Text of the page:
On balance cash markets were unchanged Wednesday in spite of a fire and explosion on a pipeline in Gray County, TX. Weather conditions for the most part were mild limiting both electrical generation requirements as well as heating load. Northeast, Gulf, and California points moved little beyond a penny either side of unchanged. At the close of futures trading July had eased 2.5 cents to $2.421 and August weakened 2.2 cents to $2.474. July crude oil gained 73 cents to $85.02/bbl.
According to Kinder Morgan, the company had to declare force majeure on a portion of its NGPL pipeline in a rural portion of Texas northeast of Amarillo Wednesday (see related story).
NGPL said there were no injuries and the fire was extinguished by the afternoon. The pipeline transports gas from the Gulf Coast to the Midwest and has a capacity to transport 5 Bcf/d. Gas was being diverted to other lines.
The force majeure did little to affect prices on the NGPL system, with next-day gas on NGPL Midcontinent pool trading higher by about a penny and Oklahoma Gas Transmission flat. ANR SW and Panhandle Eastern were quoted about 2 cents higher apiece.
Although there was little price response a Midcontinent marketer said “it will probably go up tomorrow. There may have been more supplies on the line.”
An eastern marketer reported that “weather was fairly mild and we haven’t seen any changes. There’s no major maintenance work going on. Some, but nothing more than you would expect. The bottleneck between Tennessee and Transco got repaired,” he said.
Quotes on Algonquin Cigtygate and Iroquois Waddington were flat to a penny lower, and deliveries to Tennessee Zone 6 200 L fell about 2 cents.
Next-day prices at southern California points were steady as temperatures were predicted to ease to seasonal norms. PG&E Citygate and El Paso Mainline S were flat, and SoCal Border and SoCal Citygate each eased about a penny.
AccuWeather.com predicted Los Angeles’ high Wednesday of 86 degrees would fall to 77 by Thursday and Friday. The normal high this time of year in Los Angeles is 78.
Gulf points were about a penny higher. Tetco E LA and ANR SE were quoted flat, but Henry and Tennessee Line 500 were both seen up a penny or more.
Thursday’s inventory report is expected to show another round of injections below historical averages for the week ended June 1. Figures show that average weekly injections of about 56 Bcf will bring storage to the maximum estimated by the Energy Information Administration of just over 4,100 Bcf.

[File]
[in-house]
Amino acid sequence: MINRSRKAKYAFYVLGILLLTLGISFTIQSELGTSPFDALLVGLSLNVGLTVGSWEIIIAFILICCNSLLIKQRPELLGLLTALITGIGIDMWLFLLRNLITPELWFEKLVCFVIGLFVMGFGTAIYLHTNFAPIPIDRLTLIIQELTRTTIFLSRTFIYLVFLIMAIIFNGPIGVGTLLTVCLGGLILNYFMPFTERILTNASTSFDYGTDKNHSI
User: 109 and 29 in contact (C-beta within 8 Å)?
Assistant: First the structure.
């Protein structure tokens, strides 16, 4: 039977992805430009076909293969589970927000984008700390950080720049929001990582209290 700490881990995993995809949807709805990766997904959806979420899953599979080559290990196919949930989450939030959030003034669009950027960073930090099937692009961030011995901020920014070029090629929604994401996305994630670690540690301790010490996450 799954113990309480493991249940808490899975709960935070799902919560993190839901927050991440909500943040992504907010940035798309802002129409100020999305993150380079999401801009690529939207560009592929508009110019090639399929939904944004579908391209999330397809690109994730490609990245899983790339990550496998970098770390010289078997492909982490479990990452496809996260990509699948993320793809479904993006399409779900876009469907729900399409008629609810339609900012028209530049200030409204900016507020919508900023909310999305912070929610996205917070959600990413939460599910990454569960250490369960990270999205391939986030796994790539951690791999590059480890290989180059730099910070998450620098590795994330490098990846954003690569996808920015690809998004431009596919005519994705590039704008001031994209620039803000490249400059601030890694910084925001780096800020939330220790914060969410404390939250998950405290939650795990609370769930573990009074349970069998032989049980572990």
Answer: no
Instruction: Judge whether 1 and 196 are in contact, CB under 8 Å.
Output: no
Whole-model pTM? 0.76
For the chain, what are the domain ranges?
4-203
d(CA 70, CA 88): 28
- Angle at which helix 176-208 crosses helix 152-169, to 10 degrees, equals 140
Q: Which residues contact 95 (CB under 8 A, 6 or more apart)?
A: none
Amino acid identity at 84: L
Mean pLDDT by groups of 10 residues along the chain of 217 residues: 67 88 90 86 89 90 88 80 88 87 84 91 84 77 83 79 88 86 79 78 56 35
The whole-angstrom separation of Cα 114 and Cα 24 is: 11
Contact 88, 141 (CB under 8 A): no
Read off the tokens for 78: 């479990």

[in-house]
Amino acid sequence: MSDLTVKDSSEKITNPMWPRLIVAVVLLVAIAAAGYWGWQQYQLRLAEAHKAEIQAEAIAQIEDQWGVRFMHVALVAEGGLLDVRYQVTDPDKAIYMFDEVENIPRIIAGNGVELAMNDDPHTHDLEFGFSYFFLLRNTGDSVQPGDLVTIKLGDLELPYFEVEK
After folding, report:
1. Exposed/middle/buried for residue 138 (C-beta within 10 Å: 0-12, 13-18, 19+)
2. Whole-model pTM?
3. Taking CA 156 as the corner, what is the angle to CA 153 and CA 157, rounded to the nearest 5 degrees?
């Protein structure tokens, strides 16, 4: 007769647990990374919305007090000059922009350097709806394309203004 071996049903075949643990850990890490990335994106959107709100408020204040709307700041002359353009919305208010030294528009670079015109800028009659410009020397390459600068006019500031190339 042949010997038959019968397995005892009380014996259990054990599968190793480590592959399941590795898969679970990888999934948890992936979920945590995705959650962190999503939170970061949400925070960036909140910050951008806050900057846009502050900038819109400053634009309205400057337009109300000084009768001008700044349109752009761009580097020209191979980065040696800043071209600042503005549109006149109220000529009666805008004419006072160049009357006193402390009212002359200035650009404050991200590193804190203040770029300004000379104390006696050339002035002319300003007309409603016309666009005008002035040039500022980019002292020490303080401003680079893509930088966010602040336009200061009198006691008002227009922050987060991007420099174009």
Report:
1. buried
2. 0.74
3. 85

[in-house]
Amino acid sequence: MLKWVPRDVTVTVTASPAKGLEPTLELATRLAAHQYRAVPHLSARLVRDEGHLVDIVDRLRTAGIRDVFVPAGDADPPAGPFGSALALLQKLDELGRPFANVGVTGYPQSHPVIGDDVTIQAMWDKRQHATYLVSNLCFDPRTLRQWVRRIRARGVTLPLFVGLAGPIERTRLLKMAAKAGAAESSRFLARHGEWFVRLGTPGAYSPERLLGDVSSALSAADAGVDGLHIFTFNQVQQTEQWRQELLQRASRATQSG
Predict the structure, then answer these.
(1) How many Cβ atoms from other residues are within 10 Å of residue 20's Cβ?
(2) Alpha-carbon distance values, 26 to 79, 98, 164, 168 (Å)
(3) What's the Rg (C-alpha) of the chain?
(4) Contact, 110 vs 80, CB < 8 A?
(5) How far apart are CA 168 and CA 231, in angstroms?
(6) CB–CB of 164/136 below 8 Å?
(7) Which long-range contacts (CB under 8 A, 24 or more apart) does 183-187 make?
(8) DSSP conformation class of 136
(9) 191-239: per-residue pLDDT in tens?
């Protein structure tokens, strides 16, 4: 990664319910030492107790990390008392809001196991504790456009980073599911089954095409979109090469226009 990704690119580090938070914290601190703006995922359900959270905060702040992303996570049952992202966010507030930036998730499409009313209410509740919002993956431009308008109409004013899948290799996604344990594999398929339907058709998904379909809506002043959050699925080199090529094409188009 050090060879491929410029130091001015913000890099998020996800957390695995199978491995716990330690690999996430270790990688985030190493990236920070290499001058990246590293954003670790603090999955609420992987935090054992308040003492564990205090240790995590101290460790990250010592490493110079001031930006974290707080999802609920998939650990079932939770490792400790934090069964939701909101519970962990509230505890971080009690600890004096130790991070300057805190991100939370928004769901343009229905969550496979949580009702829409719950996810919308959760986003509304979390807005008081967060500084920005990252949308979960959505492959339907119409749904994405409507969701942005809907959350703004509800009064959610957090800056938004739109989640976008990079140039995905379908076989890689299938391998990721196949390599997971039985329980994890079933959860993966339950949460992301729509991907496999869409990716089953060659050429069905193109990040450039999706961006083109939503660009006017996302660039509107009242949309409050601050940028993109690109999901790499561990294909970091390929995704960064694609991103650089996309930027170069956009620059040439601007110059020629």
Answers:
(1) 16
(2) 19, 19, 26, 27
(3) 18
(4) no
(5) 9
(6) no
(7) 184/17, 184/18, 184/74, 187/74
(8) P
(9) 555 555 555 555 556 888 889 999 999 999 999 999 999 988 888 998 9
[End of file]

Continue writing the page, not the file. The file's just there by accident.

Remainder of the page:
A Reuters poll of 24 analysts revealed an average 56 Bcf with a range of 45-75 Bcf. Analysts at United-ICAP anticipate a build of 60 Bcf and industry consultant Bentek Energy predicted an increase of 55 Bcf.
Longer term, analysts see coal and natural gas prices intertwined and headed lower. Much of the recent strength in natural gas has been the result of utilities switching from more expensive coal to less-costly natural gas. Indications are that this is effective with gas prices up to $2.75. However, coal prices need to stay constant. If coal prices erode, everything ratchets downward. “As expected, natgas prices continued to tumble last week. The only hope for the bulls is that the $2.090-2.030 area holds,” said Walter Zimmermann, vice president of United-ICAP. He added that an unheralded casualty of this continuing bear market in natgas is the continuing coal collapse.
In order for coal to advance Zimmermann cites his bullish case as one in which “it falls to and then reverses higher from the $51.00/ton to $48.00 zone. That is our bullish case. What are its chances? We think slim to none. We might see a bear market correction up from the $50.00 area but not a major long-term trend reversal.
“We see coal as a casualty of collapsing natgas prices, the continuing implosion of the world economy and the coming tsunami of deflation. Our longer-term target for CAPP [Central Appalachian Coal] is still seen as the $21.00 level. That would fulfill the long-term wave count and return coal back to 1999-era levels,” he said in a weekend report.
Forecasts continue to show warmth, but the six- to 10-day MDA Information Systems outlook predicts much-above-normal temperatures centered over Quebec and extending to the Southwest as far as Oklahoma and Kansas. “The forecast is a bit warmer across the Northeast where it appears that ongoing upper ridging will counter weak high pressure advancing towards the region late.
“The strongest warmth is still early within the mid-Atlantic, where 90s should be common. There should be a cool-down within parts of the Midwest around mid period, though this appears weak given fading blocking setup that previously helped to provide the cooler air. The Northwest looks a bit warmer at the onset but should again head cooler by later in the period. The Southeast will remain unsettled and near normal overall.”
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